Writing has always been my passion, as well as the way that I process my own life experiences. I am an openly transgender (AFAB), panromantic asexual living in rural Montana. There are few LGBTQIA+ resources here, and I always feel there is more room needed for LGBTQIA+ literary works. I have always written fiction as a hobby and earned a B.A. in English Literature and a M.Ed. in English Education from the University of Georgia; however, I ended up earning a Ph.D. in 2013, which moved most of my writing to the academic genre in which I have published several co-authored articles in peer-reviewed academic journals.
After coming out as transgender in 2018 and as asexual in 2020, I decided to refocus my writing on LGBTQIA+ themes in which I write about my own experiences through fictional characters and stories. Writing about my experiences has been extremely therapeutic for me. I am particularly enthralled with the complexities behind LGBTQIA+ identities and highly advocate that sexuality and gender identity exists on a spectrum. This topic is highly personal because my husband married me when I presented as a woman and was adamant that he could not be with a man. He underwent his own process of reevaluating his sexuality and now identifies as bisexual with a preference for women and feminine men. I think he is a wonderful example of the true fluidity behind sexuality.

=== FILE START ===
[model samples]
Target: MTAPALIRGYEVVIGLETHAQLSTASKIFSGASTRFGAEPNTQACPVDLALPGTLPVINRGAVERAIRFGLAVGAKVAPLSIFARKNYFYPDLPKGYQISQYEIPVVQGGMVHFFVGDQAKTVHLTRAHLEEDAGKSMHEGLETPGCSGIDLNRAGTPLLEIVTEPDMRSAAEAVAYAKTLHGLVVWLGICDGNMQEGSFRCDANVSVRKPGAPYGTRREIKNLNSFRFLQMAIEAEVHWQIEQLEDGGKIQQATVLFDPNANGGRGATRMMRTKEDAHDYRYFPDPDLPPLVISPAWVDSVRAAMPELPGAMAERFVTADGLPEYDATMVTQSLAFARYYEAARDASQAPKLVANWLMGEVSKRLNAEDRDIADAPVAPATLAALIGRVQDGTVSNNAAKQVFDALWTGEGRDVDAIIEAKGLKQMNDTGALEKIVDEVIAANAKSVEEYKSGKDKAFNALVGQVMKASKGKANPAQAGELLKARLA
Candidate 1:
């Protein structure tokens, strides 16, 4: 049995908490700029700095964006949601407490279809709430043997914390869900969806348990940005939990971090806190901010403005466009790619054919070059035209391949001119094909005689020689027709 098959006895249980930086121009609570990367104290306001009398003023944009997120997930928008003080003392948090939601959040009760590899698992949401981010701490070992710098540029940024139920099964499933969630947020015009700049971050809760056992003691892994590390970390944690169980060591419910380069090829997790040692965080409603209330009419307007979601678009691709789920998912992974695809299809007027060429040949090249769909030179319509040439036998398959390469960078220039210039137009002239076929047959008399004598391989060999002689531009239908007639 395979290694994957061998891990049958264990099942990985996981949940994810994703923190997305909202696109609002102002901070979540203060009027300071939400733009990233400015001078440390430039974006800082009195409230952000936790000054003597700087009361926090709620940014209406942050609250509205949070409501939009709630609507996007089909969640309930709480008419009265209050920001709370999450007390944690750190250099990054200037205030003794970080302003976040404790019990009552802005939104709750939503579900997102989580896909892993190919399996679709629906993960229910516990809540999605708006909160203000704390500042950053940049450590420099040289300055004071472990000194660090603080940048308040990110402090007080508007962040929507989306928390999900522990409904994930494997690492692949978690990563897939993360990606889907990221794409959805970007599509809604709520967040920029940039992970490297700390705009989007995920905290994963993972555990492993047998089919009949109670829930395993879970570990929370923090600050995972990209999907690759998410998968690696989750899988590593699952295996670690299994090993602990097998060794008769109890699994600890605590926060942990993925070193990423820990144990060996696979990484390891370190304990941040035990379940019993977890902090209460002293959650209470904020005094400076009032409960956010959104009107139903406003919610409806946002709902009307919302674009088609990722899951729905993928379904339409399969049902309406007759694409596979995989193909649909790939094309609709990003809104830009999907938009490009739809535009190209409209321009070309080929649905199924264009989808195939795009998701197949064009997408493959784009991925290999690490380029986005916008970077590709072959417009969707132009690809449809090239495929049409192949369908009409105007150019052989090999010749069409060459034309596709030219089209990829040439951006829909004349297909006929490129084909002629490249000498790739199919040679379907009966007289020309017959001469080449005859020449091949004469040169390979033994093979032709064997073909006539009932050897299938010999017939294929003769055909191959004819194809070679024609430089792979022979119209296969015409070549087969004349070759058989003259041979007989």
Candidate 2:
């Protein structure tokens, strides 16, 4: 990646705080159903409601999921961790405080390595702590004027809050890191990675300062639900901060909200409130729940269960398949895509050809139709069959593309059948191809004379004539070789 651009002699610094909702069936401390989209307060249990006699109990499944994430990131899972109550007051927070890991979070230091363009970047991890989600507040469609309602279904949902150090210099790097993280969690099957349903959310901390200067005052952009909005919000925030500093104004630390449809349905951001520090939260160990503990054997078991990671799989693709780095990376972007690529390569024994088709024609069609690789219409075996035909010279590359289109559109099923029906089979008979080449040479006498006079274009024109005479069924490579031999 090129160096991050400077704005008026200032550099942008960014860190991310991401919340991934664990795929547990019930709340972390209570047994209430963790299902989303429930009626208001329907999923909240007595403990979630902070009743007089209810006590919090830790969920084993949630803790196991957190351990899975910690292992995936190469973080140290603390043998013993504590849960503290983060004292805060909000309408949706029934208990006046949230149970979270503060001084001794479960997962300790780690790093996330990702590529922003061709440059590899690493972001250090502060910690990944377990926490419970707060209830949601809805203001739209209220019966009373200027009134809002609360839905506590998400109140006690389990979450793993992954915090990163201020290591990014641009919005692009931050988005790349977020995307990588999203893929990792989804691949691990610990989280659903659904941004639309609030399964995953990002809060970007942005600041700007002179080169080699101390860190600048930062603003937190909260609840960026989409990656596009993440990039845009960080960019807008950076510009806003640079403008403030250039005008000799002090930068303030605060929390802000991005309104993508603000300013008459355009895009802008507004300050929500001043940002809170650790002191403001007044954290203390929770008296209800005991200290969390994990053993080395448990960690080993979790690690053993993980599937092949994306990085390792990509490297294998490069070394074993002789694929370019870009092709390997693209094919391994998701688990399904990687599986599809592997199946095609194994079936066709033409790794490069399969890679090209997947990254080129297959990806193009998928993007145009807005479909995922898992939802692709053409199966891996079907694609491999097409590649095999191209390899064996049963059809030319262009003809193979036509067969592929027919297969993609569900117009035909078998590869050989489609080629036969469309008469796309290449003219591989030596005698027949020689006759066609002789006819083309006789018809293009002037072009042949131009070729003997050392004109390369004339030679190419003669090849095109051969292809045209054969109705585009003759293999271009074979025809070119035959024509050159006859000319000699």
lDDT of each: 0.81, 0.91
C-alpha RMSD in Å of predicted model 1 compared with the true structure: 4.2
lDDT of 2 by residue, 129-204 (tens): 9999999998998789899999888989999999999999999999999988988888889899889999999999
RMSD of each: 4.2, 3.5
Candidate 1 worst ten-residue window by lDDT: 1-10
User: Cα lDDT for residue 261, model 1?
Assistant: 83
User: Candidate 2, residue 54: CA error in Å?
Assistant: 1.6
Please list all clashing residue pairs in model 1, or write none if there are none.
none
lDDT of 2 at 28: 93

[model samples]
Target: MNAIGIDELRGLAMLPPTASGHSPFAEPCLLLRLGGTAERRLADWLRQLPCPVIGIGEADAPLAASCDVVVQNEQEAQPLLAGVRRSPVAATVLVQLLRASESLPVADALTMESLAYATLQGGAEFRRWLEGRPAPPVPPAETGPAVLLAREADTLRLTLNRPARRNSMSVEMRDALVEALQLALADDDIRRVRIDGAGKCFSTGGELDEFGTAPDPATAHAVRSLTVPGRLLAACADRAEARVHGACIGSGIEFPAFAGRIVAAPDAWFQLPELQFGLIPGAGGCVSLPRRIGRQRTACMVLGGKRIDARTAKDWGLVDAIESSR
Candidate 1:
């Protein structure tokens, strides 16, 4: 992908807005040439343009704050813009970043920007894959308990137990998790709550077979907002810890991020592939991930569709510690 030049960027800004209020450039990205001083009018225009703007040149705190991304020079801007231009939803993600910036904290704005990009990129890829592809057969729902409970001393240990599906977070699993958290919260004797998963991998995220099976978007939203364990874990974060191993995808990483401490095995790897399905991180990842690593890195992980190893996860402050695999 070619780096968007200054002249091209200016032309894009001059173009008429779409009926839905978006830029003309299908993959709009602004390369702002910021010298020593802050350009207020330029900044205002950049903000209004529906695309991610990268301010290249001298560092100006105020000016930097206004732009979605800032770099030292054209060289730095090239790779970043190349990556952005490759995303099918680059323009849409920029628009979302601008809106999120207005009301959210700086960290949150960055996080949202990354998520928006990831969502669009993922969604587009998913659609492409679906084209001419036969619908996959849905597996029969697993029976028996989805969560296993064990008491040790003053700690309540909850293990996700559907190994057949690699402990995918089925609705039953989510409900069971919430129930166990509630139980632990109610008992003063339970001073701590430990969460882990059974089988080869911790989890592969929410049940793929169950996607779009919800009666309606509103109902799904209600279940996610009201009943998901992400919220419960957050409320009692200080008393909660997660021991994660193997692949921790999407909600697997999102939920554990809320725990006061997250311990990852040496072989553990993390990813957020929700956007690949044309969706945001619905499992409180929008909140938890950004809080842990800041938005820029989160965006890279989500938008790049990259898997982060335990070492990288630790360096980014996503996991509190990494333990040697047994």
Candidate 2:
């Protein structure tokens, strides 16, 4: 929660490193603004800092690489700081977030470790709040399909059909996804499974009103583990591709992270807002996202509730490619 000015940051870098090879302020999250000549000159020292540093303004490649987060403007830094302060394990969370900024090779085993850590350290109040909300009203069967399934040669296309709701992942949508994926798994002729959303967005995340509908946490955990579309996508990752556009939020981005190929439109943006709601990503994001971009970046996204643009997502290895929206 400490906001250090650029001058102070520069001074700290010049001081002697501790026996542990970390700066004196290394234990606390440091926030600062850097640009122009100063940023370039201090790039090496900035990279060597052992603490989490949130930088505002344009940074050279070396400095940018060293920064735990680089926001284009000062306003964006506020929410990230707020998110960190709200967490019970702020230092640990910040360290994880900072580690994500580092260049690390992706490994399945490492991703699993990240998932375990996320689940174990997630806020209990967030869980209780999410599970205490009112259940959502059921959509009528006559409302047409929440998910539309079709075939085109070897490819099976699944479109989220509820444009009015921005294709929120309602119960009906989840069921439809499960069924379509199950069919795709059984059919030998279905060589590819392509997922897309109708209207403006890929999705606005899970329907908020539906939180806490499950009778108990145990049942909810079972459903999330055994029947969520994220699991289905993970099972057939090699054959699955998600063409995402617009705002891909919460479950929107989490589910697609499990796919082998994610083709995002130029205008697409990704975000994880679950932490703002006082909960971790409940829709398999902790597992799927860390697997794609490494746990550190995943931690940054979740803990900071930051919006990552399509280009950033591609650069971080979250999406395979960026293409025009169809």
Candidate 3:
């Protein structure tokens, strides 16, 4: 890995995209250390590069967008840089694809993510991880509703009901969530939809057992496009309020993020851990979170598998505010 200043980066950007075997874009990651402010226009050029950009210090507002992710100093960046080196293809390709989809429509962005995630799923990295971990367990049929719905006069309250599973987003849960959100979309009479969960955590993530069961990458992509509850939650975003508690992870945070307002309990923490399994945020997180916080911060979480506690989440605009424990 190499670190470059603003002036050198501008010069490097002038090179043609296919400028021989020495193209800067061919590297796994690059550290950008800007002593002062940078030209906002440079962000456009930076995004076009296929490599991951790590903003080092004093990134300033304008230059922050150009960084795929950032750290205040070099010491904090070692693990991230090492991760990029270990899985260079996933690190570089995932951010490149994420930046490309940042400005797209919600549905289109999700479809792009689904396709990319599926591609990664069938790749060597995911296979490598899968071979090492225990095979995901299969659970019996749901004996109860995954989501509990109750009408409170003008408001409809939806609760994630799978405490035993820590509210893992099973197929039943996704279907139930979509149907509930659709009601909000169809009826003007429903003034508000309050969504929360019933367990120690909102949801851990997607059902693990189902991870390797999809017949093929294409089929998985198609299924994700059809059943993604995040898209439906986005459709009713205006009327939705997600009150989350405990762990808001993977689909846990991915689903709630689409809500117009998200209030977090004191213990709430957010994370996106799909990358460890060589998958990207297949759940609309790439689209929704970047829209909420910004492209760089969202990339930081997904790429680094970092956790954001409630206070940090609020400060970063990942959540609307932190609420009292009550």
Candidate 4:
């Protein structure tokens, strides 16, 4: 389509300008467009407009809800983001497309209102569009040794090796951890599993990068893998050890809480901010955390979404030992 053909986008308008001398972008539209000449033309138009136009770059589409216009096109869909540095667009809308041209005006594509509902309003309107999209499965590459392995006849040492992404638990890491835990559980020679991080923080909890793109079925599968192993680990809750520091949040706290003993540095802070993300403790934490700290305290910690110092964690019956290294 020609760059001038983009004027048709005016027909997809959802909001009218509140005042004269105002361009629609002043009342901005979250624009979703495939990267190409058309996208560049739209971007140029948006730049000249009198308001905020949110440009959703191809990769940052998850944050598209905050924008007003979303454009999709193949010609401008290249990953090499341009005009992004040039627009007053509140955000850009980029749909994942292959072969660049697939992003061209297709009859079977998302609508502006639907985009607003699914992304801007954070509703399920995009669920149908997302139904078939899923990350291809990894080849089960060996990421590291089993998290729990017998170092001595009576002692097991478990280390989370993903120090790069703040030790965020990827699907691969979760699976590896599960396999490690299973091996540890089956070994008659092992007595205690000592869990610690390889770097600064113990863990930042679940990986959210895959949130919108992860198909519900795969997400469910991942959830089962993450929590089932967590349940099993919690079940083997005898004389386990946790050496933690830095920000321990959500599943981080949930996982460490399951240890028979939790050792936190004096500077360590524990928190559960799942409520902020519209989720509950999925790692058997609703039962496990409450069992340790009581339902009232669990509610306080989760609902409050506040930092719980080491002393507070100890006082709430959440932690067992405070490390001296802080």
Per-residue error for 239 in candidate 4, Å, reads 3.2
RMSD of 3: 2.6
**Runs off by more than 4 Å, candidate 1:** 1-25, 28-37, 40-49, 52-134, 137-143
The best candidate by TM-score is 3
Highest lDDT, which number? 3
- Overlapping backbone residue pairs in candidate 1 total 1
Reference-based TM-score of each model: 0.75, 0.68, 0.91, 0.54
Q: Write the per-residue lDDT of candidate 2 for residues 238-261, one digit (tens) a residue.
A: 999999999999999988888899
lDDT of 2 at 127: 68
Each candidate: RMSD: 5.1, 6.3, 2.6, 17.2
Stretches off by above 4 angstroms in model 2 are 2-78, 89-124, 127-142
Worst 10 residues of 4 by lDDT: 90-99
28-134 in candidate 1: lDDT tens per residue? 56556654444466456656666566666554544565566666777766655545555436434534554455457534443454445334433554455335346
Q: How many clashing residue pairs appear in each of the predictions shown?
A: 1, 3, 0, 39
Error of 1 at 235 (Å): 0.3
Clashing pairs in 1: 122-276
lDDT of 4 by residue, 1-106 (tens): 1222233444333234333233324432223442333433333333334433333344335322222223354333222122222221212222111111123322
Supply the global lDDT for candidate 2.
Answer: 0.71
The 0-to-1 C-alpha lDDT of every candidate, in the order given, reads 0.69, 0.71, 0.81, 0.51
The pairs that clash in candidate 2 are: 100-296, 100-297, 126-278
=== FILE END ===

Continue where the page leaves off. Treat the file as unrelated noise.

Likewise, I choose to write about what it means to be LGBTQIA+ in a rural community like my current residence in Montana. Rural communities offer their own unique challenges due to little to no existing resources in some areas and a true feeling of isolation and invisibility. I want to share my experience coming out in a rural community and choosing to live openly as a transgender person and openly in a same-sex marriage.
Additionally, I work full-time as a human services instructor and a mental health counselor at a community college. Through this work, I also educate and advocate for the LGBTQIA+ community. My work as an educator and a counselor fuels my desire to use my fiction to increase awareness and acceptance for LGBTQIA+ people. Lastly, I would characterize my writing as person-centered, a term created by Carl Rogers as a counseling therapy and later as a life philosophy. My works center around the beauty and extraordinary complexity in being vulnerably authentic.Login to subscribe to Carey PW updates
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